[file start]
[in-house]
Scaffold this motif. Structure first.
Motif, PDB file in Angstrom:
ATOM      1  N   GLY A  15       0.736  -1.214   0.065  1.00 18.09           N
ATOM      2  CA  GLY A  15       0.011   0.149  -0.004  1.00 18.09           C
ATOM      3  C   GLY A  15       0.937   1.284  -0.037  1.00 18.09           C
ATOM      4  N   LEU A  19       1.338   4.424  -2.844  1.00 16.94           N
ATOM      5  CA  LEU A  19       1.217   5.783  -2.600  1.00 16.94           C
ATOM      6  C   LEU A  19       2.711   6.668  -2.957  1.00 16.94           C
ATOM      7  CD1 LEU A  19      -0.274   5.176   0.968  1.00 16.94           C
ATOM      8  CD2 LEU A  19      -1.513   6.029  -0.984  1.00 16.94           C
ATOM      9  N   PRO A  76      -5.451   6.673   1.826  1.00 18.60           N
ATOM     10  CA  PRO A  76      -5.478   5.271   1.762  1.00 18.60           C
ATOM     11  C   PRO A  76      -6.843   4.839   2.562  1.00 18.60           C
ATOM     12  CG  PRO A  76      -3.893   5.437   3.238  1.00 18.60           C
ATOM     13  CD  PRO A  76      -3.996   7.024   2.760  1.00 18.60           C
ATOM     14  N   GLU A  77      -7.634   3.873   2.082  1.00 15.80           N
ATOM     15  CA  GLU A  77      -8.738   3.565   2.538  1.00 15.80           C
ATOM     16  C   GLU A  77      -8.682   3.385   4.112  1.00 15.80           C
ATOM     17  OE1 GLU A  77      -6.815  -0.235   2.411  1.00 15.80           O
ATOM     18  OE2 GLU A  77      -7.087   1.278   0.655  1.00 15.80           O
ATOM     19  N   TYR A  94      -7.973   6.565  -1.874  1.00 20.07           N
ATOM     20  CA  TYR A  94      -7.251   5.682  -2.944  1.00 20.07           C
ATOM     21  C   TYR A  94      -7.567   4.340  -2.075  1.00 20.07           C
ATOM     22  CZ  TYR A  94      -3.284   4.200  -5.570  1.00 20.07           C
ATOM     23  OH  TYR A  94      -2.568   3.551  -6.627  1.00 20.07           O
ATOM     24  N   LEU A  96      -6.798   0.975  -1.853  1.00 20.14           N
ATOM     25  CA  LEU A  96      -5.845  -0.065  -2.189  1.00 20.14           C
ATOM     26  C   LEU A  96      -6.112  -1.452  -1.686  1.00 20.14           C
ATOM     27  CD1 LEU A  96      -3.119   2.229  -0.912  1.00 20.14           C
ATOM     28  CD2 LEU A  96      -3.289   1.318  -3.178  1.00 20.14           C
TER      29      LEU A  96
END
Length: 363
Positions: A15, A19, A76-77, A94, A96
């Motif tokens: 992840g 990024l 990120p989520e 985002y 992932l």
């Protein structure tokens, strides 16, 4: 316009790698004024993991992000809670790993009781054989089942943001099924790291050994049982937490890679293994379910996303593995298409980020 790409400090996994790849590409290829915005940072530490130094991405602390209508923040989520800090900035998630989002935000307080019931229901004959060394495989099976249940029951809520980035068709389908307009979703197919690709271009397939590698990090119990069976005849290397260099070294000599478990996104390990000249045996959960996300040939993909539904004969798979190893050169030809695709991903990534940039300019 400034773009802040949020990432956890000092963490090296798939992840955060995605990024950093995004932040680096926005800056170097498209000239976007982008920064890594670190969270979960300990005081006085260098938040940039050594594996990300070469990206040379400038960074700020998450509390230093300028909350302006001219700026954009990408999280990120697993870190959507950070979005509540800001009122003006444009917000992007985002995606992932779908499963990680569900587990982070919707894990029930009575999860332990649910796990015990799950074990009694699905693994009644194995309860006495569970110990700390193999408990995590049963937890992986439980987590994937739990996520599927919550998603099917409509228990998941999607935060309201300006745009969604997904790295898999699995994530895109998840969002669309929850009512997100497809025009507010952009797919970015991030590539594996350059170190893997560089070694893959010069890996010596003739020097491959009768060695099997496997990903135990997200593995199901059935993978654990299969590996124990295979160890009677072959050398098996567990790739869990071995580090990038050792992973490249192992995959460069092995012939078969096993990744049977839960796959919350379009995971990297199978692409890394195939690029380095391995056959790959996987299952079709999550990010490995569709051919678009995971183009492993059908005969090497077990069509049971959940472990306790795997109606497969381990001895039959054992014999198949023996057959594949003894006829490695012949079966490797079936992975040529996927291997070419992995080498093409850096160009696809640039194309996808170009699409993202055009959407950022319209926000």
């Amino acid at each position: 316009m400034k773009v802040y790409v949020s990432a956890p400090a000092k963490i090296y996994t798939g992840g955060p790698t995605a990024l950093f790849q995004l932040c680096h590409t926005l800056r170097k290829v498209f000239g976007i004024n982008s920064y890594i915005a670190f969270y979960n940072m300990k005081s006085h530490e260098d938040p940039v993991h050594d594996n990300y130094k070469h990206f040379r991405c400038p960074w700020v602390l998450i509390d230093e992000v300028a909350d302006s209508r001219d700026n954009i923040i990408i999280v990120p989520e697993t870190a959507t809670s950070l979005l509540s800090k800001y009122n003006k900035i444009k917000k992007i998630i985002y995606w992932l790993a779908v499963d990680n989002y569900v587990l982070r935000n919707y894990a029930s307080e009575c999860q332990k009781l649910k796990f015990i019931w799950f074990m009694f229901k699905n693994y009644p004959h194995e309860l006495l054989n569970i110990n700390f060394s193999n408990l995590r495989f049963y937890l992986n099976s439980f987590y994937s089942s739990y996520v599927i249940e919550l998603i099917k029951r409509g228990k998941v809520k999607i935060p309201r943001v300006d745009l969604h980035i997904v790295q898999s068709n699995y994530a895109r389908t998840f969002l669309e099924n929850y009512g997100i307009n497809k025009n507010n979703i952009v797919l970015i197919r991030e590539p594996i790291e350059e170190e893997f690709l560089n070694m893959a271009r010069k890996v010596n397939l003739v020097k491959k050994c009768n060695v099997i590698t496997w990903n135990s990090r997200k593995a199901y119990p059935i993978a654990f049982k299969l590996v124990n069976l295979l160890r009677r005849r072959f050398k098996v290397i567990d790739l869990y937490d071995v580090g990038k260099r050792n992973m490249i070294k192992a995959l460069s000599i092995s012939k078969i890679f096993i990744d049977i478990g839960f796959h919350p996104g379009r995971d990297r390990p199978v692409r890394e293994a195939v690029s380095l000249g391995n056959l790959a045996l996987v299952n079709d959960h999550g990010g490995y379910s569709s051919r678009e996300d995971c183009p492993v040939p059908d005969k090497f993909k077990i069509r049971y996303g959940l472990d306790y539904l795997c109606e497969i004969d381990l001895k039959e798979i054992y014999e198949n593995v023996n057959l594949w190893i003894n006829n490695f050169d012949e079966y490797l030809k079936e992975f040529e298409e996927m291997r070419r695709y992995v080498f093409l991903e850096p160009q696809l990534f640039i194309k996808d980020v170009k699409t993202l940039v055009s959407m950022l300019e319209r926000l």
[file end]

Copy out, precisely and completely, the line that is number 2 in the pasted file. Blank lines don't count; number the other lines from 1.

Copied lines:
Scaffold this motif. Structure first.